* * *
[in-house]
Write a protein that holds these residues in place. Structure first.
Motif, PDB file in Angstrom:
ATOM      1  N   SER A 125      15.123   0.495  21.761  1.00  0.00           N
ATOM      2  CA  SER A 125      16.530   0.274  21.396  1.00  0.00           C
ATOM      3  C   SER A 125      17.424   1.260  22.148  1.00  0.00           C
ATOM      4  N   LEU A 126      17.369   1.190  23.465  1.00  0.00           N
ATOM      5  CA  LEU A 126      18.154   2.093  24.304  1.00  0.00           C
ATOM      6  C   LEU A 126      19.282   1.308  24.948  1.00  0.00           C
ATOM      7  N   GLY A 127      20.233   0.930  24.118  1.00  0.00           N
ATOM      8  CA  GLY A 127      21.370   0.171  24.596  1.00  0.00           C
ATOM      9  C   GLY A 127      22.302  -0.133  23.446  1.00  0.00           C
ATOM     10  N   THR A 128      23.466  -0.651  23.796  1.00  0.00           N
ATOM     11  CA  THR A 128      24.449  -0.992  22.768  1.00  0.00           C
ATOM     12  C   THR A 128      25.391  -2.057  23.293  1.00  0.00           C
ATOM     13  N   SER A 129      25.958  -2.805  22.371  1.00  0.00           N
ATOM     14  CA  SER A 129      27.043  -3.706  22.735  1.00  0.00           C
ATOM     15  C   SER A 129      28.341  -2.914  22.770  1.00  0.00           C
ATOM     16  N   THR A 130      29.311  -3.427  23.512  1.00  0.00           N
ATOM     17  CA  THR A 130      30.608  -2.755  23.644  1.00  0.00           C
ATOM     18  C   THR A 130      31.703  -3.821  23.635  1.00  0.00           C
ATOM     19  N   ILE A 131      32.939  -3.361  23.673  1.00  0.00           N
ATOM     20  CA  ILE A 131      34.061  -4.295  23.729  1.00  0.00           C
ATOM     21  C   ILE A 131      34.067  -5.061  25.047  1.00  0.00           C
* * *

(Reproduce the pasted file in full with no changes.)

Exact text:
[in-house]
Write a protein that holds these residues in place. Structure first.
Motif, PDB file in Angstrom:
ATOM      1  N   SER A 125      15.123   0.495  21.761  1.00  0.00           N
ATOM      2  CA  SER A 125      16.530   0.274  21.396  1.00  0.00           C
ATOM      3  C   SER A 125      17.424   1.260  22.148  1.00  0.00           C
ATOM      4  N   LEU A 126      17.369   1.190  23.465  1.00  0.00           N
ATOM      5  CA  LEU A 126      18.154   2.093  24.304  1.00  0.00           C
ATOM      6  C   LEU A 126      19.282   1.308  24.948  1.00  0.00           C
ATOM      7  N   GLY A 127      20.233   0.930  24.118  1.00  0.00           N
ATOM      8  CA  GLY A 127      21.370   0.171  24.596  1.00  0.00           C
ATOM      9  C   GLY A 127      22.302  -0.133  23.446  1.00  0.00           C
ATOM     10  N   THR A 128      23.466  -0.651  23.796  1.00  0.00           N
ATOM     11  CA  THR A 128      24.449  -0.992  22.768  1.00  0.00           C
ATOM     12  C   THR A 128      25.391  -2.057  23.293  1.00  0.00           C
ATOM     13  N   SER A 129      25.958  -2.805  22.371  1.00  0.00           N
ATOM     14  CA  SER A 129      27.043  -3.706  22.735  1.00  0.00           C
ATOM     15  C   SER A 129      28.341  -2.914  22.770  1.00  0.00           C
ATOM     16  N   THR A 130      29.311  -3.427  23.512  1.00  0.00           N
ATOM     17  CA  THR A 130      30.608  -2.755  23.644  1.00  0.00           C
ATOM     18  C   THR A 130      31.703  -3.821  23.635  1.00  0.00           C
ATOM     19  N   ILE A 131      32.939  -3.361  23.673  1.00  0.00           N
ATOM     20  CA  ILE A 131      34.061  -4.295  23.729  1.00  0.00           C
ATOM     21  C   ILE A 131      34.067  -5.061  25.047  1.00  0.00           C